This started ever since late December/early January, where I bought 8 neon tetras of moderate size and I did not have any problems with them for a month and a half besides one dying early on, probably due to acclimation shock.

    In the middle of February, I decided to get more neons because the tank conditions were consistent, 0ppm ammonia and nitrites for around 2-3 weeks and it didn't seem like the fish schooled too often, mostly just hung around but never as a tight-knit group.

    So I bought 4 more neons in that trip, these fellas were also fine for the time. No deaths for around 2 weeks.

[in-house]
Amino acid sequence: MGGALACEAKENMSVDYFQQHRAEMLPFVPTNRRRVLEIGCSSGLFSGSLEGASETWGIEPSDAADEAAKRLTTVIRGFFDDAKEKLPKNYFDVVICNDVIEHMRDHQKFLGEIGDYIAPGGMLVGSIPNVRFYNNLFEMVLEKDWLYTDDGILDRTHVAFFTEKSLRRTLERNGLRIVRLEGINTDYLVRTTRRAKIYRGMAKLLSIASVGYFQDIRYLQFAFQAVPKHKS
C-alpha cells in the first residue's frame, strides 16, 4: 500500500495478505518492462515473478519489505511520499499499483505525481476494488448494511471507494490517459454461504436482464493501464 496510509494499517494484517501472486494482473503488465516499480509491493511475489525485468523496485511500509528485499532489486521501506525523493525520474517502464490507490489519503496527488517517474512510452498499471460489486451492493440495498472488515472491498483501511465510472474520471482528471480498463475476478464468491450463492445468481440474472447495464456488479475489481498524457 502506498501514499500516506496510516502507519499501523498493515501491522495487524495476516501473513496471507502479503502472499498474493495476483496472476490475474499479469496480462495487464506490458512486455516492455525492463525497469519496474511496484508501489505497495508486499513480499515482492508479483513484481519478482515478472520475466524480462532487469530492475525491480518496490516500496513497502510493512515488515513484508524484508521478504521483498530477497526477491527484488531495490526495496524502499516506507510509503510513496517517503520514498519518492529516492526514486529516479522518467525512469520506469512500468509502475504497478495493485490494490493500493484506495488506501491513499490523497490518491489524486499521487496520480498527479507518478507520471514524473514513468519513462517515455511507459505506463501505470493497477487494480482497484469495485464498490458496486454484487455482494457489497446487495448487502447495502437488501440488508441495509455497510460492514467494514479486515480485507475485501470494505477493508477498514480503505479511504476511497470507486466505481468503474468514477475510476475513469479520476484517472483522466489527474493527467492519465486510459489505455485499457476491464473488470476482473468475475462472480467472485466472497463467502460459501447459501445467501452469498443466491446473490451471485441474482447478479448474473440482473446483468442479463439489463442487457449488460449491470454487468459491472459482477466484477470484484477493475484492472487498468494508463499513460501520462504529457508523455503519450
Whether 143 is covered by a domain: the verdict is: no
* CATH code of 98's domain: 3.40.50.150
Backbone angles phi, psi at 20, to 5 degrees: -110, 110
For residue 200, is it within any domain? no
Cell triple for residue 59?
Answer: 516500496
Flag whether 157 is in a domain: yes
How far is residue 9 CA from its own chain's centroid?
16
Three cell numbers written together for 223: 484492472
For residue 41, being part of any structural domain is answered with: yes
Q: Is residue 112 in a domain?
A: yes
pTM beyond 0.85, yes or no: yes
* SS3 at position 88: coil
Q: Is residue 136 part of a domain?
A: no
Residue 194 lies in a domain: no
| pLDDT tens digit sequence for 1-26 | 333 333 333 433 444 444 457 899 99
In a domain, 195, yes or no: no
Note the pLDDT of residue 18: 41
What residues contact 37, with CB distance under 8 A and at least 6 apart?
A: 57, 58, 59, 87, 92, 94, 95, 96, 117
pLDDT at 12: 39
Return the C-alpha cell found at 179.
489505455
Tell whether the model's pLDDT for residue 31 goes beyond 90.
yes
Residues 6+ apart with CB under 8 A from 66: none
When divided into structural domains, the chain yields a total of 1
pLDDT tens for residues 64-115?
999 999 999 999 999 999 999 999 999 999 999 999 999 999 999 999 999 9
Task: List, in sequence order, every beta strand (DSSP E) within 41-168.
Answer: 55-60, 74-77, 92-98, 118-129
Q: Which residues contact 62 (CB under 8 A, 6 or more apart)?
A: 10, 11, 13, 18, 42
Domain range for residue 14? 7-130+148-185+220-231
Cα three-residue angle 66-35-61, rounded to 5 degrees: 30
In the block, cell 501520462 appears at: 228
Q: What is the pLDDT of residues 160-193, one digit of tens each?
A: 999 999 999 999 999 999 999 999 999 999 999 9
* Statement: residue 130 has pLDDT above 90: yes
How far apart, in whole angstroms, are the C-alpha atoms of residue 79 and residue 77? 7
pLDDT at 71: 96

Then this is where the problem started, I was thinking of keeping the number at the already 11 I've had, they were acting fine but again, not a lot of schooling. Probably because there was no reason for it (no predatory fish). The idiot that I was, however, went to buy more plants to make the tank more...well...planted, and I didn't tell myself that it was only a trip to buy plants, nothing MORE. Instead, I ended up impulse buying 4 more tetras that were on sale, thinking "wow if I could get it at a nice 15, maybe it will perpetually look like they're schooling even if they aren't"). Anyways, I lost one of those tetras off the bat, didn't even get home by the time it passed. Should have been a sign for me to just return them, but the fish store that I went to that time (different from the previous two purchases), was REALLY far away and I only happened to pass by them on account of just being in the area for something else. Also I attributed the loss to how the guy handled the fish he was trying to get out of the tank, lesson for you fish shop owners: don't let uncompassionate idiots handle fish, especially ones they're netting out of the tank, this guy literally banged some tetras into the wall while trying to net them.